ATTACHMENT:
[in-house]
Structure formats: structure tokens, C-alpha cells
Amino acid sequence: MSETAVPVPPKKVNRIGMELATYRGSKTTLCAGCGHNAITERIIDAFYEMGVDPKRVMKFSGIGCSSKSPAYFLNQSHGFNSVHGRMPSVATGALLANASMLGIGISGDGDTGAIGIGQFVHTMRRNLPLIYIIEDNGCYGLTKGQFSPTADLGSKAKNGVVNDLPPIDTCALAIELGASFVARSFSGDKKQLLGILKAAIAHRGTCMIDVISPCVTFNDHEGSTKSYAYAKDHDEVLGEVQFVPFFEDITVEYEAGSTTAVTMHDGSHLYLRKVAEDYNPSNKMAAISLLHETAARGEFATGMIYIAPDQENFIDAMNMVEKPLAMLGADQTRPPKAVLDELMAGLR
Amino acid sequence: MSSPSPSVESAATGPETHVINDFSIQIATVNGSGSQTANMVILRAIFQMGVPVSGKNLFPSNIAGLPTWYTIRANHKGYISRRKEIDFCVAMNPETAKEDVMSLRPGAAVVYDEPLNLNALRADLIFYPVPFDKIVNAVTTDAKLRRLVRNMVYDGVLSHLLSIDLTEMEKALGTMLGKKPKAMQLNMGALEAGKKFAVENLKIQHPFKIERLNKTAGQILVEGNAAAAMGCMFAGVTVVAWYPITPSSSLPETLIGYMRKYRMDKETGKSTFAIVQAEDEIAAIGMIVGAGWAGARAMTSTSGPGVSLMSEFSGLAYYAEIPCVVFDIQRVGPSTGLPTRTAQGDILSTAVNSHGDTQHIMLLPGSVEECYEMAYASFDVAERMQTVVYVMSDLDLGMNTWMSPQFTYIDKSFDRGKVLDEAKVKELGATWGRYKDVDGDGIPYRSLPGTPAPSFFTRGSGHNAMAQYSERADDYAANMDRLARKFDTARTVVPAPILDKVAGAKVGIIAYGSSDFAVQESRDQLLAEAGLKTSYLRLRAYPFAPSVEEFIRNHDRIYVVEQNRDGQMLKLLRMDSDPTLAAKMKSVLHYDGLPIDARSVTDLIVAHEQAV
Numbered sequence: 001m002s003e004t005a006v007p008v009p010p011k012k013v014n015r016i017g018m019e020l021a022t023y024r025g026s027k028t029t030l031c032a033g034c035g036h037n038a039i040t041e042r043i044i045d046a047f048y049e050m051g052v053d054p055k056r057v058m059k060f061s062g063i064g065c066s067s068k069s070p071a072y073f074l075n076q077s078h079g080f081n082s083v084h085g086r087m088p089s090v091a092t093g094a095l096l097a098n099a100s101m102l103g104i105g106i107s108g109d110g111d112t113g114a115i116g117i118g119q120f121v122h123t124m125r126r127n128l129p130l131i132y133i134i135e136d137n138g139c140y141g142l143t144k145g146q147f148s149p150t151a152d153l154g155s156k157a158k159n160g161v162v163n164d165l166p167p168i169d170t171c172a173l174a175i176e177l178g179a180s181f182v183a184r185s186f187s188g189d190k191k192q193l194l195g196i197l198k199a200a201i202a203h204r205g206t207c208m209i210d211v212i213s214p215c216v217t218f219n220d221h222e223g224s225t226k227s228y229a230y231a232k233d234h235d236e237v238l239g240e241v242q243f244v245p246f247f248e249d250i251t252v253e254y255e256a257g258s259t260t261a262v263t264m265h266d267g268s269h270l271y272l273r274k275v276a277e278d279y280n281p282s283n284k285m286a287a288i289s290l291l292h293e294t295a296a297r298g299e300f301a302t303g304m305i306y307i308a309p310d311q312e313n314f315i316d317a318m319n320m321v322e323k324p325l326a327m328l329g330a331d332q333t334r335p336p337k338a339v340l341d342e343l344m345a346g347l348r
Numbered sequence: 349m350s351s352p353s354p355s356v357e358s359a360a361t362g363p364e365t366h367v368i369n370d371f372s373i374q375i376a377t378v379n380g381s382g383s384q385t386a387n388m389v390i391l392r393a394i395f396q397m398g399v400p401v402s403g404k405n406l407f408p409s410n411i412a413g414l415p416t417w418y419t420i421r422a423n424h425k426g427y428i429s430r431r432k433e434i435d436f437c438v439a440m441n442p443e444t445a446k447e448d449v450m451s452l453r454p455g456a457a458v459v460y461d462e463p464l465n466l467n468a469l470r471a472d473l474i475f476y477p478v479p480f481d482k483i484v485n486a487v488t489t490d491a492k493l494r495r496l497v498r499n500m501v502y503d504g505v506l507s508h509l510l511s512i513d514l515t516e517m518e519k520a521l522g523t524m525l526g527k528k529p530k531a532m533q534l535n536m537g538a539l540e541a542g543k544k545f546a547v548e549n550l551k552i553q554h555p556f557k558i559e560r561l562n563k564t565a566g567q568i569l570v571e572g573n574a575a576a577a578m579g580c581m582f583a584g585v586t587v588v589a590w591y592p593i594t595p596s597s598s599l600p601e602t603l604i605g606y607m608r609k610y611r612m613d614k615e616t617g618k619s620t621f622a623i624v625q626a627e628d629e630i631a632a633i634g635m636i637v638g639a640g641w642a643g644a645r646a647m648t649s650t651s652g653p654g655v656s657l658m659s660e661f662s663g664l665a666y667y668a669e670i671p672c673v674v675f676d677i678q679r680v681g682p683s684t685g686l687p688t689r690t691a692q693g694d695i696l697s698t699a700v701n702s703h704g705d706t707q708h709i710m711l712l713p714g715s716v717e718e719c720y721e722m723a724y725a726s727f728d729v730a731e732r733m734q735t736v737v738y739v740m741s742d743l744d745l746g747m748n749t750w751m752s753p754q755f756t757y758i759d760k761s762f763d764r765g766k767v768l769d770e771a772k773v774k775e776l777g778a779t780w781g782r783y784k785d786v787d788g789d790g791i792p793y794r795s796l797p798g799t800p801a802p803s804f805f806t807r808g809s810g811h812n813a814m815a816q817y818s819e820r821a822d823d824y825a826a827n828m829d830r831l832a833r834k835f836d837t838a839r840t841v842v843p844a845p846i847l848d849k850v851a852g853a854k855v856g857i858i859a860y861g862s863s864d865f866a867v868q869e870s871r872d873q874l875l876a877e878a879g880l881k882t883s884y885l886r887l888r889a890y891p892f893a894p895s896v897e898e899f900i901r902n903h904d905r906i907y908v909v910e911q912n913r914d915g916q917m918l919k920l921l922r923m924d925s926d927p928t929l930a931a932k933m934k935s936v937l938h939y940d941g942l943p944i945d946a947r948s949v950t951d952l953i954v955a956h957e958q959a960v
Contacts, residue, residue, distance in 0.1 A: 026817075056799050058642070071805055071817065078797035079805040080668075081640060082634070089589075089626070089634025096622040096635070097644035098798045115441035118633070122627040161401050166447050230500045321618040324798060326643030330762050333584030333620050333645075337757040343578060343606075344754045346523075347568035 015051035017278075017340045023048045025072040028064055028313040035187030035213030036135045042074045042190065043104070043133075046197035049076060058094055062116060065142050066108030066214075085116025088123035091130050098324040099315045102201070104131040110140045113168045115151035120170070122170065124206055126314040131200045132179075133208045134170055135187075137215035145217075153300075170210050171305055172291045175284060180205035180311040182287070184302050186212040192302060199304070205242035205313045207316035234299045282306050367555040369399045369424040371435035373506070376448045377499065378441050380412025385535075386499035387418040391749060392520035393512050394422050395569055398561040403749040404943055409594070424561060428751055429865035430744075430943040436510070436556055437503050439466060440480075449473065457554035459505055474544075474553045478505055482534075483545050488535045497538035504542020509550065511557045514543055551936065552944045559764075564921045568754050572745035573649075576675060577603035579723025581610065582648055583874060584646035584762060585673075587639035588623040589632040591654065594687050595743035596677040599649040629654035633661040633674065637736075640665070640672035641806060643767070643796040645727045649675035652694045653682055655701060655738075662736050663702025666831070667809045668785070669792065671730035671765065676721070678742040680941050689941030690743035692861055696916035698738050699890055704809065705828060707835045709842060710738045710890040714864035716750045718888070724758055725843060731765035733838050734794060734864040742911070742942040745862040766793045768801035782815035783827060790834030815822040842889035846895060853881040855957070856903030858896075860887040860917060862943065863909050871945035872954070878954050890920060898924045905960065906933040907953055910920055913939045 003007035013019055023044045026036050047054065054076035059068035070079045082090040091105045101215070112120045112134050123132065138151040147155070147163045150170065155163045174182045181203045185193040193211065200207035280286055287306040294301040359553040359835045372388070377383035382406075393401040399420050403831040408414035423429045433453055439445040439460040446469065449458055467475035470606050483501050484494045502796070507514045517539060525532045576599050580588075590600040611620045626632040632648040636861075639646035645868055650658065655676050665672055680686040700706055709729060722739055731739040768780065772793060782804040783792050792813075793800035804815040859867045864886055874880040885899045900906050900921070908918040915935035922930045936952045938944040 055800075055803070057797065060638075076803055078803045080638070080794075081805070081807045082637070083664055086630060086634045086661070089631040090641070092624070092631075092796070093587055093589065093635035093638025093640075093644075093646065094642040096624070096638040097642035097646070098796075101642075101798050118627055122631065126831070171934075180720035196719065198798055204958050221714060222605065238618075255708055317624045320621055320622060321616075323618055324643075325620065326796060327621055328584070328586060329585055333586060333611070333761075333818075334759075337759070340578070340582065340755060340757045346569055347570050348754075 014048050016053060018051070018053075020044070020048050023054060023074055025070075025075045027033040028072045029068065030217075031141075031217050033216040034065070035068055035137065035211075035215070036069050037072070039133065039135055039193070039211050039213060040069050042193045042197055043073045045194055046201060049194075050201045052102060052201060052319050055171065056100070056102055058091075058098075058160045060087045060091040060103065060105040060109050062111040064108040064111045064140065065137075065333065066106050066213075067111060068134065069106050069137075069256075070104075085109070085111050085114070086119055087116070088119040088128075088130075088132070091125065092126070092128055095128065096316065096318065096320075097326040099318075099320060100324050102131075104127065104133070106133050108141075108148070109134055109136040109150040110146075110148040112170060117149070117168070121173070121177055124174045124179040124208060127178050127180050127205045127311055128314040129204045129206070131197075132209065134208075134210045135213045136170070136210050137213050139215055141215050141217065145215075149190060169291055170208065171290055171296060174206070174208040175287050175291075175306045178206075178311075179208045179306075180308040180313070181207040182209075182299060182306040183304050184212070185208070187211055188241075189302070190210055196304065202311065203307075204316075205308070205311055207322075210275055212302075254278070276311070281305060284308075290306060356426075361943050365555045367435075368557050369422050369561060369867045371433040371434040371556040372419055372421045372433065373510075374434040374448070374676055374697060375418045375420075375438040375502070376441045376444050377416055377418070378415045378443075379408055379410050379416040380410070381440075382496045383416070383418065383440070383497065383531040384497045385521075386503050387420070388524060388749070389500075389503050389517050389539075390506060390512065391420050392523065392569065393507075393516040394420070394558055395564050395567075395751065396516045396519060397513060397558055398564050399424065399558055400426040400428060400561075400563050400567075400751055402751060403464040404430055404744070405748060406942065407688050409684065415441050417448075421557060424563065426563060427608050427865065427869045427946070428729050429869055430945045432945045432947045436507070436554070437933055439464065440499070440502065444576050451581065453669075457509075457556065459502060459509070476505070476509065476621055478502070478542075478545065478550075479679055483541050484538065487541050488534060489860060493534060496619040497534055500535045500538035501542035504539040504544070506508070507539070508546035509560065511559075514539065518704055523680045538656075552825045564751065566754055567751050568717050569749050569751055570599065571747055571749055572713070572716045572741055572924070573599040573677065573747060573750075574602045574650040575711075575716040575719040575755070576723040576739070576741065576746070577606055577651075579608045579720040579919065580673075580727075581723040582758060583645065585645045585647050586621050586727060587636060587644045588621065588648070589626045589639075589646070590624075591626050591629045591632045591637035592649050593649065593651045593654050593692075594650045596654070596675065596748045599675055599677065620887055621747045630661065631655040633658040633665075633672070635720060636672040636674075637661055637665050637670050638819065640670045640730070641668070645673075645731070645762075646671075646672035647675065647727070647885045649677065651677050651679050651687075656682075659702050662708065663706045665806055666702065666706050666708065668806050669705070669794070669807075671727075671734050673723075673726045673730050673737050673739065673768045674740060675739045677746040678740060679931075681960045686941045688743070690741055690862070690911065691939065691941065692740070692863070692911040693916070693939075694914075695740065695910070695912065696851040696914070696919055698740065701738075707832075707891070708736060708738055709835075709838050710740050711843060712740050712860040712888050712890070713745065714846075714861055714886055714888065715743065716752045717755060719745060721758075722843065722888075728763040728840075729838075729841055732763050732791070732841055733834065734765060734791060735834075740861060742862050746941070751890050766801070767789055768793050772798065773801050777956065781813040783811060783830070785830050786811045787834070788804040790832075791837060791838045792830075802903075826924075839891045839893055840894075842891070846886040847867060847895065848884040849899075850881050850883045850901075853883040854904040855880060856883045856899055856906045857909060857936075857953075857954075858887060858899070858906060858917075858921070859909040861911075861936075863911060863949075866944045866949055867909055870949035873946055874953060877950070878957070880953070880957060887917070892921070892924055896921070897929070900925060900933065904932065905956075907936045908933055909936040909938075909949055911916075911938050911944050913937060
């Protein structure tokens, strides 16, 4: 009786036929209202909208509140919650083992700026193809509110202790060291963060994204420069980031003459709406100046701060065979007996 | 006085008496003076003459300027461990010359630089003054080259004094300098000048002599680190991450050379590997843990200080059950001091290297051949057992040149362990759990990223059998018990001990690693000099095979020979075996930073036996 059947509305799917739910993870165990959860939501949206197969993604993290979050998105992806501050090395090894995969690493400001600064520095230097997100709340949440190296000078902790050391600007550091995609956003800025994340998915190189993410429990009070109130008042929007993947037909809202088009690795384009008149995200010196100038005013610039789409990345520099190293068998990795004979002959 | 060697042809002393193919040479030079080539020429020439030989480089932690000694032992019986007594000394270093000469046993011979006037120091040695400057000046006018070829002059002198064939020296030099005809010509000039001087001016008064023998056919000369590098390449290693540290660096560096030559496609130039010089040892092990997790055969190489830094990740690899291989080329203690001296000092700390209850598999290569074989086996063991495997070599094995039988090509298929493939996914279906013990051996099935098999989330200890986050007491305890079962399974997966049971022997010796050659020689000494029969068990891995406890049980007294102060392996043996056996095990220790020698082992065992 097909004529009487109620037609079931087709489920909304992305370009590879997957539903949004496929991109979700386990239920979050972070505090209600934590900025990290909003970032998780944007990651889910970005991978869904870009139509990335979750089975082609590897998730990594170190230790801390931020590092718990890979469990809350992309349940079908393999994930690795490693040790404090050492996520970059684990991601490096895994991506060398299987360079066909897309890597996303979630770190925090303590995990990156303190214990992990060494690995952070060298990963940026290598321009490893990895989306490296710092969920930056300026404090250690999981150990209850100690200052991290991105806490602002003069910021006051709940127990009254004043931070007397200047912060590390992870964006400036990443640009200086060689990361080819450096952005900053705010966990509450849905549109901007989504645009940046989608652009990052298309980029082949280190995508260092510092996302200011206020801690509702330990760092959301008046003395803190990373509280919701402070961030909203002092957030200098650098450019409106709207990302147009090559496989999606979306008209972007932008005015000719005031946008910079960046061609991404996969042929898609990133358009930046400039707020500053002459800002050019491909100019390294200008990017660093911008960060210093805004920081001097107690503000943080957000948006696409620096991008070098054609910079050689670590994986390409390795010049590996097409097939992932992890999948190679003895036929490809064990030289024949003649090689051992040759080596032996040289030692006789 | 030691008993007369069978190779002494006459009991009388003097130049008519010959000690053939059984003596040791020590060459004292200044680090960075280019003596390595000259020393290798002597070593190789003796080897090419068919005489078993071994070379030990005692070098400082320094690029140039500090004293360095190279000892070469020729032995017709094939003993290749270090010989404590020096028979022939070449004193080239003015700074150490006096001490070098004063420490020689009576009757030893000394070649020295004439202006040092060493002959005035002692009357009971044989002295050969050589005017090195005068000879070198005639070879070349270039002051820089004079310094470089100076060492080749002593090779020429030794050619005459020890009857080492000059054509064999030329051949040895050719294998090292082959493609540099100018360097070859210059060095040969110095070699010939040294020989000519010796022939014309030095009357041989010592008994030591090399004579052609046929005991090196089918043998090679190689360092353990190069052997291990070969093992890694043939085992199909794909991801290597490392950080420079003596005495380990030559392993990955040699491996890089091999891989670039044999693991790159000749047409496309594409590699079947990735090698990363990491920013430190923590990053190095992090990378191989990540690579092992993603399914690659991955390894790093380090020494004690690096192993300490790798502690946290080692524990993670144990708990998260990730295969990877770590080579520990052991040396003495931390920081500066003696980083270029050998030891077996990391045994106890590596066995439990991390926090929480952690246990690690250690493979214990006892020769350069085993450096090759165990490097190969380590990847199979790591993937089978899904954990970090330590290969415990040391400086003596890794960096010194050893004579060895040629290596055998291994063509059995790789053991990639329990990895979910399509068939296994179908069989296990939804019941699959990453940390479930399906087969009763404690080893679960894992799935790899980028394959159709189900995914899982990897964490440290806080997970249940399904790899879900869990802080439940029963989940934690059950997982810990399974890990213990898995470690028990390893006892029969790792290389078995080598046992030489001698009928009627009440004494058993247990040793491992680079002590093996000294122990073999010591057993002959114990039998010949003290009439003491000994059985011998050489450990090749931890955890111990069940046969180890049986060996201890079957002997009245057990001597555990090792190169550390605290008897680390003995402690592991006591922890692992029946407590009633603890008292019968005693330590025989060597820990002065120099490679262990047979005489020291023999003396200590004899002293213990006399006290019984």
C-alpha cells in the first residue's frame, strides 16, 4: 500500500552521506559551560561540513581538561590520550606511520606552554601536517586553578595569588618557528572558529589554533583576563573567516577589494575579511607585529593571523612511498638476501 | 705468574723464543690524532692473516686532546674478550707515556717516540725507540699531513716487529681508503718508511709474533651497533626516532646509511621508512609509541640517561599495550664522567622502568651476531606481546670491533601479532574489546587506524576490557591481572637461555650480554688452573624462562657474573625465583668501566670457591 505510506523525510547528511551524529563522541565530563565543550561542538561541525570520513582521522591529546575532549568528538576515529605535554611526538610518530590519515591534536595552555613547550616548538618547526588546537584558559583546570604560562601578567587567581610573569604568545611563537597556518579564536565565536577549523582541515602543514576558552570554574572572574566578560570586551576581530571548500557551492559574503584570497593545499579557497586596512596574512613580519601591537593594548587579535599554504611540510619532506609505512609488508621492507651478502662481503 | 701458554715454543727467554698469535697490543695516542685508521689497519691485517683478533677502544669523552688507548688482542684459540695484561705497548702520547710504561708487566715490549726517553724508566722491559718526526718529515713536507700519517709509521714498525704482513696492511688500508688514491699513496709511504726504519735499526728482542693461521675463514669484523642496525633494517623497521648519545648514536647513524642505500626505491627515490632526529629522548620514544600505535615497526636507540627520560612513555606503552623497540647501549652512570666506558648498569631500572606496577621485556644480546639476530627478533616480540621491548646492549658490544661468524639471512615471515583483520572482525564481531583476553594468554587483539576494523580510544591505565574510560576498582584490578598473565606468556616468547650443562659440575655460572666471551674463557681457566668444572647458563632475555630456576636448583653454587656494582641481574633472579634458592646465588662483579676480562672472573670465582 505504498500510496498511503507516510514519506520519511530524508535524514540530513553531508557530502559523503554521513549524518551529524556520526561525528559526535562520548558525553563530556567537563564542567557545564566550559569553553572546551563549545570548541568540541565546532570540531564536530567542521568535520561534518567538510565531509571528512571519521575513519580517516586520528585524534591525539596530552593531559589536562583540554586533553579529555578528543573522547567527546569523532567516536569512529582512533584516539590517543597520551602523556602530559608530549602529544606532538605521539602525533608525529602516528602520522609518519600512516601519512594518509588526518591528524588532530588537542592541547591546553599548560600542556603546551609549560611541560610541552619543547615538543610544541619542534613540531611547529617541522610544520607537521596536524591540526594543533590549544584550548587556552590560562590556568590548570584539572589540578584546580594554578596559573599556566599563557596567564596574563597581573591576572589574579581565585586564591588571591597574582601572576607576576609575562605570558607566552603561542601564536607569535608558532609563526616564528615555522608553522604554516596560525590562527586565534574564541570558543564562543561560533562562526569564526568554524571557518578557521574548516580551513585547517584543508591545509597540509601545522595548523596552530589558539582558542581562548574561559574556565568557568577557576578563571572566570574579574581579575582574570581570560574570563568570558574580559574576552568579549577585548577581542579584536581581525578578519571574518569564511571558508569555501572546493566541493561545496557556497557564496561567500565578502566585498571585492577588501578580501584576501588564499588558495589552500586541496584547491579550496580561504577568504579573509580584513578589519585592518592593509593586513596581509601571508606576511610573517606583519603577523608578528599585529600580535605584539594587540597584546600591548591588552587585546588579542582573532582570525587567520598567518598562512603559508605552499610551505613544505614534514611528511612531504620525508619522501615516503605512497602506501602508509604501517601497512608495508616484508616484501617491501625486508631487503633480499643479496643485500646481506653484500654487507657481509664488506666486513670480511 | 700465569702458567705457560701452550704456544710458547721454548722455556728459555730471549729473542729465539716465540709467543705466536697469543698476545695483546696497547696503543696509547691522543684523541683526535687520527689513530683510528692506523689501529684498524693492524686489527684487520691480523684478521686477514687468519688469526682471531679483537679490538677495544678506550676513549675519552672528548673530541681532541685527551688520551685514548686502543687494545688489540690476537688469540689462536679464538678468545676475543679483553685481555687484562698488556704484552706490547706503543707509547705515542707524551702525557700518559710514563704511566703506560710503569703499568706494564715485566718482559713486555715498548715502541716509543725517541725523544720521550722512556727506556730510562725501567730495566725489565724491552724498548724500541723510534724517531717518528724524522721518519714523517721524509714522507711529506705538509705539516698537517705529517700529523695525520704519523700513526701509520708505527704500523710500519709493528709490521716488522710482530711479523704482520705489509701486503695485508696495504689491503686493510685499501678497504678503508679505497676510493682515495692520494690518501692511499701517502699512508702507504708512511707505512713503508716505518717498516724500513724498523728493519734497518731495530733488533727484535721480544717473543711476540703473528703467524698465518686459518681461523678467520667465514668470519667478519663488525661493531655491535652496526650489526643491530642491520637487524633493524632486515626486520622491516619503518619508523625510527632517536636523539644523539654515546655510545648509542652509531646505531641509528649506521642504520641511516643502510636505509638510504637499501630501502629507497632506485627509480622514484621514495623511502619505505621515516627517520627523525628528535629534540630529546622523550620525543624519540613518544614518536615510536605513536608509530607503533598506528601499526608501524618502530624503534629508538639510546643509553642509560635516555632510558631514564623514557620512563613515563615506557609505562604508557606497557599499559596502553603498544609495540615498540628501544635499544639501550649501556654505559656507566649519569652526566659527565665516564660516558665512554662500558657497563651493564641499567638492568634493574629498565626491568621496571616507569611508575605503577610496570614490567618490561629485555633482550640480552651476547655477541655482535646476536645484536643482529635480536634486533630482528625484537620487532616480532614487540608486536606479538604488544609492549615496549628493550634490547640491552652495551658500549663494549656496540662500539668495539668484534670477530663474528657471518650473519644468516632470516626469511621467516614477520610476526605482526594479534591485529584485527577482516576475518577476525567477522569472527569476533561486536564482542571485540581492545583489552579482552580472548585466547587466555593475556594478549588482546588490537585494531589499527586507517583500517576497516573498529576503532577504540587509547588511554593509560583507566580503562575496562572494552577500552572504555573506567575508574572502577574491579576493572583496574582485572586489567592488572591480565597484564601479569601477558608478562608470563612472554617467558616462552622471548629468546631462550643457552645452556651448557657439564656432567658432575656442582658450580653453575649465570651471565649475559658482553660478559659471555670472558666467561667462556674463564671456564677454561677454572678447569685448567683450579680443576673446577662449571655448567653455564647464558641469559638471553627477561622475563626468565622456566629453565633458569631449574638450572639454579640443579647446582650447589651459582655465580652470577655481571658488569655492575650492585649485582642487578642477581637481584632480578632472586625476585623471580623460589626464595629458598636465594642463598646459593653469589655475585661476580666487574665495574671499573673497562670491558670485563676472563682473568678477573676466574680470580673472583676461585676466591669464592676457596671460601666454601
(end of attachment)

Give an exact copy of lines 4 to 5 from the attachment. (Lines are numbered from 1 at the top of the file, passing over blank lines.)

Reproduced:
Amino acid sequence: MSSPSPSVESAATGPETHVINDFSIQIATVNGSGSQTANMVILRAIFQMGVPVSGKNLFPSNIAGLPTWYTIRANHKGYISRRKEIDFCVAMNPETAKEDVMSLRPGAAVVYDEPLNLNALRADLIFYPVPFDKIVNAVTTDAKLRRLVRNMVYDGVLSHLLSIDLTEMEKALGTMLGKKPKAMQLNMGALEAGKKFAVENLKIQHPFKIERLNKTAGQILVEGNAAAAMGCMFAGVTVVAWYPITPSSSLPETLIGYMRKYRMDKETGKSTFAIVQAEDEIAAIGMIVGAGWAGARAMTSTSGPGVSLMSEFSGLAYYAEIPCVVFDIQRVGPSTGLPTRTAQGDILSTAVNSHGDTQHIMLLPGSVEECYEMAYASFDVAERMQTVVYVMSDLDLGMNTWMSPQFTYIDKSFDRGKVLDEAKVKELGATWGRYKDVDGDGIPYRSLPGTPAPSFFTRGSGHNAMAQYSERADDYAANMDRLARKFDTARTVVPAPILDKVAGAKVGIIAYGSSDFAVQESRDQLLAEAGLKTSYLRLRAYPFAPSVEEFIRNHDRIYVVEQNRDGQMLKLLRMDSDPTLAAKMKSVLHYDGLPIDARSVTDLIVAHEQAV
Numbered sequence: 001m002s003e004t005a006v007p008v009p010p011k012k013v014n015r016i017g018m019e020l021a022t023y024r025g026s027k028t029t030l031c032a033g034c035g036h037n038a039i040t041e042r043i044i045d046a047f048y049e050m051g052v053d054p055k056r057v058m059k060f061s062g063i064g065c066s067s068k069s070p071a072y073f074l075n076q077s078h079g080f081n082s083v084h085g086r087m088p089s090v091a092t093g094a095l096l097a098n099a100s101m102l103g104i105g106i107s108g109d110g111d112t113g114a115i116g117i118g119q120f121v122h123t124m125r126r127n128l129p130l131i132y133i134i135e136d137n138g139c140y141g142l143t144k145g146q147f148s149p150t151a152d153l154g155s156k157a158k159n160g161v162v163n164d165l166p167p168i169d170t171c172a173l174a175i176e177l178g179a180s181f182v183a184r185s186f187s188g189d190k191k192q193l194l195g196i197l198k199a200a201i202a203h204r205g206t207c208m209i210d211v212i213s214p215c216v217t218f219n220d221h222e223g224s225t226k227s228y229a230y231a232k233d234h235d236e237v238l239g240e241v242q243f244v245p246f247f248e249d250i251t252v253e254y255e256a257g258s259t260t261a262v263t264m265h266d267g268s269h270l271y272l273r274k275v276a277e278d279y280n281p282s283n284k285m286a287a288i289s290l291l292h293e294t295a296a297r298g299e300f301a302t303g304m305i306y307i308a309p310d311q312e313n314f315i316d317a318m319n320m321v322e323k324p325l326a327m328l329g330a331d332q333t334r335p336p337k338a339v340l341d342e343l344m345a346g347l348r